The Monarch Papers debuted on August 3, 2016. By the fall of 2017, when the story ended, I’d gone from seven followers to just over 3,000. It wasn’t nearly 10,000 (I honestly couldn’t manage 10,000 people in this kind of experience), but in that year, and the months after, I generated income from book-related merchandise like pins, shirts, prints, and novel pre-orders. Combined with an incredible Patreon community, I earn upwards of $1,500-$2,000 a month. I can now pay for artists, designers, and even a part-time assistant.

Without having a physical or digital book available for purchase.

 

 

Building a Team

I didn’t do this alone. It was too big an idea to do solo. But at a smaller scale, you could do it yourself. I had the help of two insane, amazing friends who devoted their time and skill, free of charge, because they believed in this crazy idea.

It’s one of many valuable lessons I learned during The Monarch Papers: crazy ideas have a magnetic pull.

They have the power to push away the naysayers and draw the right people to you. Now, my friends are building their own narrative universes and my company is going to help bring those to life!

 

 

My readership, who I adore and who (still) call themselves “The Mountaineers,” fell in love with the world and the characters, and the idea that they themselves could shape and change the narrative, even creating their own fiction, much of which has since been canonized into the “magiqverse.”

They want it to continue. They want to live in the world we made together.

Cut to now, a year and a half after it all started, I’ve adapted the events of The Monarch Papers into a two-volume, 200,000-word introduction to my novel, which I can sell for next to nothing, or bundle, or give away, and with it I can turn that 3,000-person readership into 10,000, 100,000…basically as big as I want it to be.

And because I gave away a year of my writing (and life) to my readers, they’re now willing to pay to read a new interactive experience, which starts this spring: Ackerly Green’s Secret Society.

So how did I do it? How did I find my loyal readership and, in doing, also find my tribe, as well as build a revenue-generating publishing house in less than two years?

With a crazy idea I believed in, a metric ton of writing, and one ad.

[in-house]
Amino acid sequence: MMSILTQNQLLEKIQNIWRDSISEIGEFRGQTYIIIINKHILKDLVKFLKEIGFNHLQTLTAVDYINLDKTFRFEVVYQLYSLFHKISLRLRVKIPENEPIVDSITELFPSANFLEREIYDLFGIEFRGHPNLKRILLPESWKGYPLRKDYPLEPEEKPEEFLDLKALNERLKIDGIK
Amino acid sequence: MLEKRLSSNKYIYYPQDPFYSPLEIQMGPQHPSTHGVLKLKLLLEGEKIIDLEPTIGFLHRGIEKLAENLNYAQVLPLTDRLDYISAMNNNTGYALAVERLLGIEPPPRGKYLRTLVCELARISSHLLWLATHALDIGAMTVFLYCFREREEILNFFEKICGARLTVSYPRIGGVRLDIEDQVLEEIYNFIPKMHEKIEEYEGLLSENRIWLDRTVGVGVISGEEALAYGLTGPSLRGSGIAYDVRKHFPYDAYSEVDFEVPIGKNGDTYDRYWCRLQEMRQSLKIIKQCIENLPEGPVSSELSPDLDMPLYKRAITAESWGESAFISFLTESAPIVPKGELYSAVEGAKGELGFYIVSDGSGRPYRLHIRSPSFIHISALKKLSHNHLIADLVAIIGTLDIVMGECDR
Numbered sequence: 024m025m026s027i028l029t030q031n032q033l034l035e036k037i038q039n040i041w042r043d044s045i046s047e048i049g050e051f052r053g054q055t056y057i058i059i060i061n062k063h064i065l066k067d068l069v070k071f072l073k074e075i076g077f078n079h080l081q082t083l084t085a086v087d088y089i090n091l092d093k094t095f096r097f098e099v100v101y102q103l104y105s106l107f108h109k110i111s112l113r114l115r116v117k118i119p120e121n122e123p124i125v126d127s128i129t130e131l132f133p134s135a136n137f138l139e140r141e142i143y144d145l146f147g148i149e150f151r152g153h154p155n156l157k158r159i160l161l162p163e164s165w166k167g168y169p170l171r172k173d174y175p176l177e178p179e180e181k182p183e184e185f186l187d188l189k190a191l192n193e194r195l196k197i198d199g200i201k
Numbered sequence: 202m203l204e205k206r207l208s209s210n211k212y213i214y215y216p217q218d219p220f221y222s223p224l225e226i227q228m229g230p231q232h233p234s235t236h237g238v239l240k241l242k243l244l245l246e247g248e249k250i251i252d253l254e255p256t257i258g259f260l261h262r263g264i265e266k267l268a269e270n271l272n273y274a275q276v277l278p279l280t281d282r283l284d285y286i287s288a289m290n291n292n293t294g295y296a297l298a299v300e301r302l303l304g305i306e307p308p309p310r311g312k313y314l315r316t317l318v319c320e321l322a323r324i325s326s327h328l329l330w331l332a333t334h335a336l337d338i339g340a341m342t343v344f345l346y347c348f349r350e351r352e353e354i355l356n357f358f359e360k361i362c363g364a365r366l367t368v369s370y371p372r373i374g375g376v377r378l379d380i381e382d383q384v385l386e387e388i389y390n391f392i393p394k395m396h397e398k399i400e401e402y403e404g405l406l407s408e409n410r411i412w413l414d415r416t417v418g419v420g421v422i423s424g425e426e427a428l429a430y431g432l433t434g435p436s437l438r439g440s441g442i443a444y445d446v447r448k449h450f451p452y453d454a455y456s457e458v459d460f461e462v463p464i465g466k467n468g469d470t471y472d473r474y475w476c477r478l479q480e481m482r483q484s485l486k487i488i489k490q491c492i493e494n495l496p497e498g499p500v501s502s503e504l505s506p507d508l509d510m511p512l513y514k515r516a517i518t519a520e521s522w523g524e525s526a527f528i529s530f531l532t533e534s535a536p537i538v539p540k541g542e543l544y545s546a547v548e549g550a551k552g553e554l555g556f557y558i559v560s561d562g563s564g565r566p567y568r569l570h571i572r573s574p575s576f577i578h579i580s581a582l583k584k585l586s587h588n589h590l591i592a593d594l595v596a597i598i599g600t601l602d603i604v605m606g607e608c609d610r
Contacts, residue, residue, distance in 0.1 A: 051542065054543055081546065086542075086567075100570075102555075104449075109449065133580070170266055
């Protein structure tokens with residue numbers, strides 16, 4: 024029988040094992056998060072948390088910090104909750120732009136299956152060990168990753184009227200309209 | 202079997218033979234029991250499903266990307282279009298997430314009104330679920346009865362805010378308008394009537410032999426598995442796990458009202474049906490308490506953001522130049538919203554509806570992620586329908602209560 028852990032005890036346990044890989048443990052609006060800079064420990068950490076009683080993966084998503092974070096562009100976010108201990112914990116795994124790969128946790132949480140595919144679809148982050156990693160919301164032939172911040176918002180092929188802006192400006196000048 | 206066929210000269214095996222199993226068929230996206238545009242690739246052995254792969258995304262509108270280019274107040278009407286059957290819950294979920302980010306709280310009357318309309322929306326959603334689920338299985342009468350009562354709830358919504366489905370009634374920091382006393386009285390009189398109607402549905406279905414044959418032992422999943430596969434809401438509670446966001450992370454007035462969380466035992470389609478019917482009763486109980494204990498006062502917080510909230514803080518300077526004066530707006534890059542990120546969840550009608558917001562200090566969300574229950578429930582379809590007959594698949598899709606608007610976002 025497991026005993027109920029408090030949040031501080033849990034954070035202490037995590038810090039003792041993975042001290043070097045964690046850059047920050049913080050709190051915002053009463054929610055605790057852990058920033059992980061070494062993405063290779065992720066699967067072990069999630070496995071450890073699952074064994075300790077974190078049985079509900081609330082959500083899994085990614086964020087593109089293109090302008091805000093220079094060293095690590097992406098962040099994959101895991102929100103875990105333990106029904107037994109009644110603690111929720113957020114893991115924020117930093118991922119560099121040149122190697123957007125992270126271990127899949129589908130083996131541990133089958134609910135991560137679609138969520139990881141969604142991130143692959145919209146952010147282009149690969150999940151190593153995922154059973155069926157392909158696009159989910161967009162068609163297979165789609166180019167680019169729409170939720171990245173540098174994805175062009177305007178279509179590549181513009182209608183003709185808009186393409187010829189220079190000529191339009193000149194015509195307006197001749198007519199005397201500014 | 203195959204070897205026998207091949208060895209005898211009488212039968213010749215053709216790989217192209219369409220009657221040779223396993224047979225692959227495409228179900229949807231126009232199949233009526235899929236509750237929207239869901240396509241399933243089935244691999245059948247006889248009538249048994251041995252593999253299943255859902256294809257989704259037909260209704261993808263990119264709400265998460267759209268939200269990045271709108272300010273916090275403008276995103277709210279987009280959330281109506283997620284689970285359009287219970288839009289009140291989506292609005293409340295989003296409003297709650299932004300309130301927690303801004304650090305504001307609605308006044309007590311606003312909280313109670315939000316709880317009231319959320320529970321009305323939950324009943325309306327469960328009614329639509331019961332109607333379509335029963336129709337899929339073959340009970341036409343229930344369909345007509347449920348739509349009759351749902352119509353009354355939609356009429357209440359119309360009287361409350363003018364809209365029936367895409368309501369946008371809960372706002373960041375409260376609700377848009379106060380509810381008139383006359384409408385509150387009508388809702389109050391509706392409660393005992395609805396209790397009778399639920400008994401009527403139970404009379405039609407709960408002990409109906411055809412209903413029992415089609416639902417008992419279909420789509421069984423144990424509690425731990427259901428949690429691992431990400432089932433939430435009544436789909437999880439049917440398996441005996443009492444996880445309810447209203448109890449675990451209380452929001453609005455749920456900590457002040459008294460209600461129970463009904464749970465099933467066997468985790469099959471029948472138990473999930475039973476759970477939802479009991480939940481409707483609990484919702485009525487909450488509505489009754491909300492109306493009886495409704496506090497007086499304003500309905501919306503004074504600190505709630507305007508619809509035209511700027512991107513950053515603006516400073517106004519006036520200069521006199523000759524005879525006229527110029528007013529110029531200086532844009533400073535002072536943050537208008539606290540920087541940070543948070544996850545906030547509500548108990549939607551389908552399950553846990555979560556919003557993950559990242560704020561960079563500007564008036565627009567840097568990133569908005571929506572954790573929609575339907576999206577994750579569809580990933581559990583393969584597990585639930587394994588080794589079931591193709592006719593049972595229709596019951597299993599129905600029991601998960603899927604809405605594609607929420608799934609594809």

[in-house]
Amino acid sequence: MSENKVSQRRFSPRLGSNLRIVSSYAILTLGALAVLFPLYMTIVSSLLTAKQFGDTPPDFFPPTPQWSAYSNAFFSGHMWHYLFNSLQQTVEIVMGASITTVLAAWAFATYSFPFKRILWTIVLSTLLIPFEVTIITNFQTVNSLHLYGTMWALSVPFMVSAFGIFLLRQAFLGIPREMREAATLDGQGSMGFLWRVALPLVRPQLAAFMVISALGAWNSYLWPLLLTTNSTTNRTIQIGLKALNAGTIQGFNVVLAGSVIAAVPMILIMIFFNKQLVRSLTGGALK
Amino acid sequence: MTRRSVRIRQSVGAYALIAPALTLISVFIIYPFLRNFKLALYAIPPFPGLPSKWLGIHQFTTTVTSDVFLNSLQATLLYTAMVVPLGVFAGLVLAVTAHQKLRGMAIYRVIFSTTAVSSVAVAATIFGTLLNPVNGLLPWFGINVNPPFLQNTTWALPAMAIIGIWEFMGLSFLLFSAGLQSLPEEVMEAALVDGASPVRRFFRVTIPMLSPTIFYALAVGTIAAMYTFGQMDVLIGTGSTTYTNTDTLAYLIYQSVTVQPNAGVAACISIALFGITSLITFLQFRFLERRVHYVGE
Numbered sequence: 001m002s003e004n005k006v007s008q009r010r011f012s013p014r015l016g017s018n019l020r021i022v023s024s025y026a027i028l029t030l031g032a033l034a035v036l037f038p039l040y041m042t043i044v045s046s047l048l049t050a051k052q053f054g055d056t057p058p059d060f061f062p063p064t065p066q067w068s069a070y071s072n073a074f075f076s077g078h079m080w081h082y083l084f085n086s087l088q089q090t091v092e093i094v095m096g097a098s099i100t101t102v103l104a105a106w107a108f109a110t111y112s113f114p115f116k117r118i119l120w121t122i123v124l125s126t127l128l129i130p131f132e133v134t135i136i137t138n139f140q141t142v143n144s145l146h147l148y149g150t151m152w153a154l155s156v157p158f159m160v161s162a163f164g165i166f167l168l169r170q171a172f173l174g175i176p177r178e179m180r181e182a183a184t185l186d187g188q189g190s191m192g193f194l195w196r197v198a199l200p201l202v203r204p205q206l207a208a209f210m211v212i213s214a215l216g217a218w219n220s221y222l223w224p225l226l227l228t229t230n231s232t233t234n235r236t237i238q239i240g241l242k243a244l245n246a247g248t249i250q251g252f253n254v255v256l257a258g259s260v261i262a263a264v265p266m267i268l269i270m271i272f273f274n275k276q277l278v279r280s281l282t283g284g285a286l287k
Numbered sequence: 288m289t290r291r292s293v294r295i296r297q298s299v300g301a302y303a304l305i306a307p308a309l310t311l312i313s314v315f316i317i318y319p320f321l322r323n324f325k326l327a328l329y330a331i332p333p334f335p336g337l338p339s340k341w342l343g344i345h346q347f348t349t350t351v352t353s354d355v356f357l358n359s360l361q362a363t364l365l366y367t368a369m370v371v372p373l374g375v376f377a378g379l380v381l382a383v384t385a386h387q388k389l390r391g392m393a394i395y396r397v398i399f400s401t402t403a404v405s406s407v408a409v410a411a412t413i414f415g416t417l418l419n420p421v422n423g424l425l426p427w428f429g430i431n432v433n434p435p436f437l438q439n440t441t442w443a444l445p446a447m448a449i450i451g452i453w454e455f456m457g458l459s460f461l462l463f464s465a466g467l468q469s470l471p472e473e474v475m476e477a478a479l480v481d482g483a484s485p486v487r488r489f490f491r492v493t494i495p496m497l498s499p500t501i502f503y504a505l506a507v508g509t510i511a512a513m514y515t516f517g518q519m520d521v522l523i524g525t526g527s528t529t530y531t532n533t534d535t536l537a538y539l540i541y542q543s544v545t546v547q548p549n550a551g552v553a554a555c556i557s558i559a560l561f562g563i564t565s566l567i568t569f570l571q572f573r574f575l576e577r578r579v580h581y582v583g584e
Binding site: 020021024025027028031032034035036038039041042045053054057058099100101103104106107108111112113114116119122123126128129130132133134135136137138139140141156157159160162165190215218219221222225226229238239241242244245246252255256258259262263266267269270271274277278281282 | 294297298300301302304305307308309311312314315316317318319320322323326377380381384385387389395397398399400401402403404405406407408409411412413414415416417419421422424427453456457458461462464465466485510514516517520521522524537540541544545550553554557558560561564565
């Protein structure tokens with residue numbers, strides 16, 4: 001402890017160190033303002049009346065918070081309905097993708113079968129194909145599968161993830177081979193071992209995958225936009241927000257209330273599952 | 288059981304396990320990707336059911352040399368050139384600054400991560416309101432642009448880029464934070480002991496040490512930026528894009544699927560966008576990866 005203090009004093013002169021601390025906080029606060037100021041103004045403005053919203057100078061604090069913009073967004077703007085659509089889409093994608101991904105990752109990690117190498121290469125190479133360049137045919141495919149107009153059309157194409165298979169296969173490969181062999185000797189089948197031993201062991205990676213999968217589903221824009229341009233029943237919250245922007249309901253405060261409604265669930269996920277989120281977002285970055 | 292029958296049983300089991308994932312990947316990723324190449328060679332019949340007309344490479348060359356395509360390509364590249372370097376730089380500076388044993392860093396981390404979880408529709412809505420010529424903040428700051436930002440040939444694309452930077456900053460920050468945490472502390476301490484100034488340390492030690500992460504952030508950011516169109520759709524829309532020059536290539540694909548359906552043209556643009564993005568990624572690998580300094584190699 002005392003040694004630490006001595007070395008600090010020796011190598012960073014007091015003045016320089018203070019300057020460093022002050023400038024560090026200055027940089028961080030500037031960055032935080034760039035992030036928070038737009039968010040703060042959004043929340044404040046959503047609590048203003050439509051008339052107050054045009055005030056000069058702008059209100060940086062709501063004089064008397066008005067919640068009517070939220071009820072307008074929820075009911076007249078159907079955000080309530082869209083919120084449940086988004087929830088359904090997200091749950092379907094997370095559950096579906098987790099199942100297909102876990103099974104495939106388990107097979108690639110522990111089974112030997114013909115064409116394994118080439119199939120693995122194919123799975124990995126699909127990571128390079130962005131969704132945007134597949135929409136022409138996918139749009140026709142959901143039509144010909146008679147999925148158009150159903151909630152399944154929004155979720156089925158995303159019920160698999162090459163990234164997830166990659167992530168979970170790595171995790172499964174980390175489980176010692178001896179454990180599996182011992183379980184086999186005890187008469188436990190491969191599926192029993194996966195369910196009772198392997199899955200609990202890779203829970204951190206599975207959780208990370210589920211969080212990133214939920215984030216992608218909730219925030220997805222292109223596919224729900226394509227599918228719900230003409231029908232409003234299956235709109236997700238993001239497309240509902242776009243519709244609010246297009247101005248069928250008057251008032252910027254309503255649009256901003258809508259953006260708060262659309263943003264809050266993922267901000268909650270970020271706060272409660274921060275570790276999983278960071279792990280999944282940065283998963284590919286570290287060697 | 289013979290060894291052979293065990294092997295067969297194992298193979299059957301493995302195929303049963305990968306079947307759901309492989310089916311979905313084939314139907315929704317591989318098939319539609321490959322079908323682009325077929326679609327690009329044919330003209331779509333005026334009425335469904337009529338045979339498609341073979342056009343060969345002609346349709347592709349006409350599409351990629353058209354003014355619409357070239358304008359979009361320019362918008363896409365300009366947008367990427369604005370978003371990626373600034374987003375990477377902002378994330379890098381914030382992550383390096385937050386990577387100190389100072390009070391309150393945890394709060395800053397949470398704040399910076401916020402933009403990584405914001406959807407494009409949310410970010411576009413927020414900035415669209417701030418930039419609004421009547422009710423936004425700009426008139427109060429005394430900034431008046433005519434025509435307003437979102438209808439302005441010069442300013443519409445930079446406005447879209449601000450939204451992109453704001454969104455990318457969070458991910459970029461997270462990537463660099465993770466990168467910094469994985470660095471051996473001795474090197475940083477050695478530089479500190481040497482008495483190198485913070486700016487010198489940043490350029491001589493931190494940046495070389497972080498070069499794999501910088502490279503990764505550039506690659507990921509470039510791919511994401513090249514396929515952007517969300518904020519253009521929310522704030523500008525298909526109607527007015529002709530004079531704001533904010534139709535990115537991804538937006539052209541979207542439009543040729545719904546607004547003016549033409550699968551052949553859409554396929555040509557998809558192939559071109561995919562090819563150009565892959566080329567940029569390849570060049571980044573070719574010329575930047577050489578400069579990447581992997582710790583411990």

Magic Is Real

At that time, personality quizzes were all over Facebook. So I came up with a questionnaire called “Ackerly Green’s Guide to Magiq,” which was a combination assessment of your magical ability and determiner of which of six personality types or “guilds” you might align with.

And then I built an ad with one statement and six images: “Discover your guild and join the others who have already learned the truth: Magic is real.”

Psychologically speaking, everyone wants to “join the others” and be a part of something secret or mysterious, especially before anyone else knows about it.

And if “they” have already learned the truth, well, wouldn’t you want to?

I then added the ability to discover your personal guild and figure out where you belong…another intriguing prospect. And then the final line, “Magic is real”, to drive home what this was about: fantasy, mystery, and wonder.

The ad images were six diamond-shaped badges that I had commissioned by an artist I found on Behance, each unique, a set of sort of grown-up Hogwarts houses, with one word relaying their defining trait:

BalimoraSpirit
EbenguardIntegrity
WeatherwatchCourage
FlinterforgeCreativity
ThornmouthWisdom
GossmereCompassion

 

 

And, no, I’m not ashamed to admit that I targeted people who liked Harry Potter and the Hogwarts houses, because I converted nearly 2,000 people with that ad—usually for pennies a conversion.

Around 20 percent of those 2,000 became die-hard interactive readers and players; the other 80 percent were not necessarily ready for a full-on immersive book/game, but were intrigued and ready to buy the books as soon as they were ready.

I ended up having to turn that ad off because I couldn’t manage The Monarch Papers with a bigger readership. I couldn’t create puzzles that 5,000 people couldn’t solve.

 

 

Standing Out

Now, I want to be clear. I’m not saying you have to devote eighteen months of your life designing and game-mastering and roleplaying to build your readership. But as more and more authors go indie and start looking for their 10,000 readers, it is important for them to find that thing they can do that will have people interested in their story, in a sea of other stories.

 

 

What is the weird, crazy thing you can do as a new writer that not many traditional publishers would support? What are your strengths as a world-builder and independent entrepreneur? I know mine. And it’s not writing.

I’m a good writer, but I’m an excellent world-builder. I have a lot of story in me, I love writing, and I’ve always had a keen entrepreneurial streak.

There are a million ways to earn those first 10,000 readers. How you do it depends on how well you know your world, your story, and how you can best attract your “tribal” readers, the ones who want to live in the world you’re building.

Your readers are out there, waiting to fall in love with your story. You know better than anyone else how to open the door and let them in.

 

CJ Bernstein was a high school drop out. And a college drop out. Twice. But he picked up a love of writing along that winding path and somewhere in his early twenties decided he was going to be a screenwriter.

He was doing what he thought was his dream; but it wasn’t really. It took several years, but CJ eventually realized he wanted to build a new life, a new career, new worlds. So, he did.

 

A Quick Word From Nick: You really need to experience CJ Bernstein’s interactive fantasy at the official Monarch Papers website right here to get a full handle on just how innovative CJ’s approach is – think “choose your own adventure” updated for the 21st Century. It’s awesome.

 

And now we want to hear from you! How do you try and stand out from the crowd with your books? Have you tried any experiments to grow a readership ahead of a book launch? Let us know in the comments: